02/25/2005 1:00AM

It's time to get on the dime


NEW YORK - When 48-1 Senor Guapo held off 28-1 Spearsville to win the ninth race at Sam Houston on Feb. 17, while odds-on Nekoda Gold salvaged a dead heat for fourth, the tote board lit up the Texas night with some baffling exotic payoffs:

$2 trifecta 11-9-all: $7,040.20
$2 superfecta 11-9-2-5: $186,686.80
$2 superfecta 11-9-2-12: $93,344.40

Did you know the superfecta pools on a Friday night at Sam Houston are over $200,000? They're not, of course, and the pool on this race was only $24,891. But thanks to the new mechanism that triggered these payoffs, Sam Houston's superfecta pools are growing.

The Feb. 17 card was the first with 10-cent superfectas, which the track now offers on every race with seven or more betting interests. The three winning tickets sold on the race were all 10-cent bets - two winning dimes on the 11-9-2-12 combo and one on the 11-9-2-5. The actual payouts were one-twentieth of the posted two-dollar prices, meaning the returns for a dime were $4,667 one way and $9,334 the other.

Ten-cent supers, an idea derived from similar fractional-betting options in the United Kingdom and Australia, made their American debut at Hinsdale Greyhound Park last August and are under consideration at other progressive tracks, including Keeneland. They have quickly served to nearly double Sam Houston's superfecta handle, and horseplayers are jamming internet boards with discussions of dime-betting strategies and requests for similar opportunities at other tracks.

There are at least three reasons why every track should be thinking about adding dime supers to their wagering menu:

First, they make a super-exotic bet that is beyond the bankrolls of most players a uniquely affordable proposition. A six-horse superfecta box, which would cost $720 for $2 or $360 for $1, can now be had for $36, and a partwheel that would otherwise cost $192 or $96 can be had for a ten-dollar bill - with 40 cents change headed back your way.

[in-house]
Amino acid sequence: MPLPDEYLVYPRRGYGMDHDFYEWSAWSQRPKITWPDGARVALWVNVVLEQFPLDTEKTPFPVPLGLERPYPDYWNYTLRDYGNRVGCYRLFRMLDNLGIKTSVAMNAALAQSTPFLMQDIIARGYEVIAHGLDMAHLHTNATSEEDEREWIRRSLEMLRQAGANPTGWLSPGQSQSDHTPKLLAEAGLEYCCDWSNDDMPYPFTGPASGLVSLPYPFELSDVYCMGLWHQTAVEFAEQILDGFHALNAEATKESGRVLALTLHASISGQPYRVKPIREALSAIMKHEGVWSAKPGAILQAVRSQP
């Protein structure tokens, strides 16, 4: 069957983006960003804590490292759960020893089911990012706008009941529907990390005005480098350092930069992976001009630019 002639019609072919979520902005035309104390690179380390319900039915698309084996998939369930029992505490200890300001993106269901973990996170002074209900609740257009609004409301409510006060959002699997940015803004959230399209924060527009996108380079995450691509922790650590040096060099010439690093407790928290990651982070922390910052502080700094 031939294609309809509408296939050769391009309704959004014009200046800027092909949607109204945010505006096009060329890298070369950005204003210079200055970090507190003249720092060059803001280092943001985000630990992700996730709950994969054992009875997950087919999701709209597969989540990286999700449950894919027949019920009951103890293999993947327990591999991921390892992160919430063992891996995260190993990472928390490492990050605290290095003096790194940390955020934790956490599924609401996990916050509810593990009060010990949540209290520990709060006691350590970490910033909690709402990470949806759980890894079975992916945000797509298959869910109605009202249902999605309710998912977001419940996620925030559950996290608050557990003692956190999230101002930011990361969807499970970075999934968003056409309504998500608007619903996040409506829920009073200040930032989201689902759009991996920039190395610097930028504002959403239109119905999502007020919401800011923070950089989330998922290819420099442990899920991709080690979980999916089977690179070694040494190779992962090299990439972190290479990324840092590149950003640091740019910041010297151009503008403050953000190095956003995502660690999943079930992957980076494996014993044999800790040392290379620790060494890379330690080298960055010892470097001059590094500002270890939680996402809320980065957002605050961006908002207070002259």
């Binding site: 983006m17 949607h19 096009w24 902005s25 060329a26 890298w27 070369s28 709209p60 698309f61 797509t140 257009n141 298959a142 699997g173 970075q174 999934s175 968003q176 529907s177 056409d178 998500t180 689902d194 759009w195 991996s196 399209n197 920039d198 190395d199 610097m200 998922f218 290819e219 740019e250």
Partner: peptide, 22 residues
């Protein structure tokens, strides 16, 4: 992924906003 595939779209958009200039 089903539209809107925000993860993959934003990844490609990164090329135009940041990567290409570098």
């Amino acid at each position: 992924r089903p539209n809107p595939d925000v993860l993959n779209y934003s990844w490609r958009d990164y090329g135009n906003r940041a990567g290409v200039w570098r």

Second, they provide a way for tracks and their customers to dodge the illogical and punitive Internal Revenue Service withholding requirements that take money out of circulation and bankrupt players who are taxed on gross payoffs rather than net profits. A $93,344 superfecta payout on a $2 bet triggers withholding of around $25,000 depending on where you live and bet. A return of $4,667 is reported but unreduced by taxes.

Third, they allow players to weight their wagers rather than merely play a boatload of combinations in equal strength. In an exacta, for example, a $100-a-race player who likes a 4-5 shot and a 10-1 shot and thinks they are most likely to finish in that order might make a $70 exacta and reverse it for $30 so that he'll get about the same return either way, rather than making a $50 box and rooting for the upset. With dime bets, a player could similarly take some likelier short-priced combinations for 20 or 30 cents each and others for 10, rather than betting a single dime on everything and hoping for chaos.

Racing faces a problem in that new and exotic bets are its only growth areas, yet those bets are generally unaffordable for many customers. Reducing unit betting costs not only opens those markets but also leads to increased handle by distributing payoffs more widely while sheltering them from government seizure. Reducing betting minimums from $2 to $1 has only increased customer interest and grown handle, and reducing it tenfold on superfectas will only lead to more of the same.

Oscars pick six

The $8 pick-six play recommended for last year's top six Academy Awards was a winner, but this was hardly a spectacular bit of touting since the final "Lord of the Rings" movie was such a cinch in so many races. Sunday night's Oscars are a more contentious proposition.

Our two singles are Jamie Foxx as Best Actor and "Million Dollar Baby" as Best Picture. We need to go two-deep for Best Actress (Hilary Swank, Annette Bening), Best Supporting Actress (Cate Blanchett, Virginia Madsen), and Best Director (Clint Eastwood, Martin Scorsese), and three-deep for Best Supporting Actor (Morgan Freeman, Thomas Haden Church, Clive Owen.)

That works out to a $48 ticket at a $2 minimum - or $2.40 if you can get it down for a dime.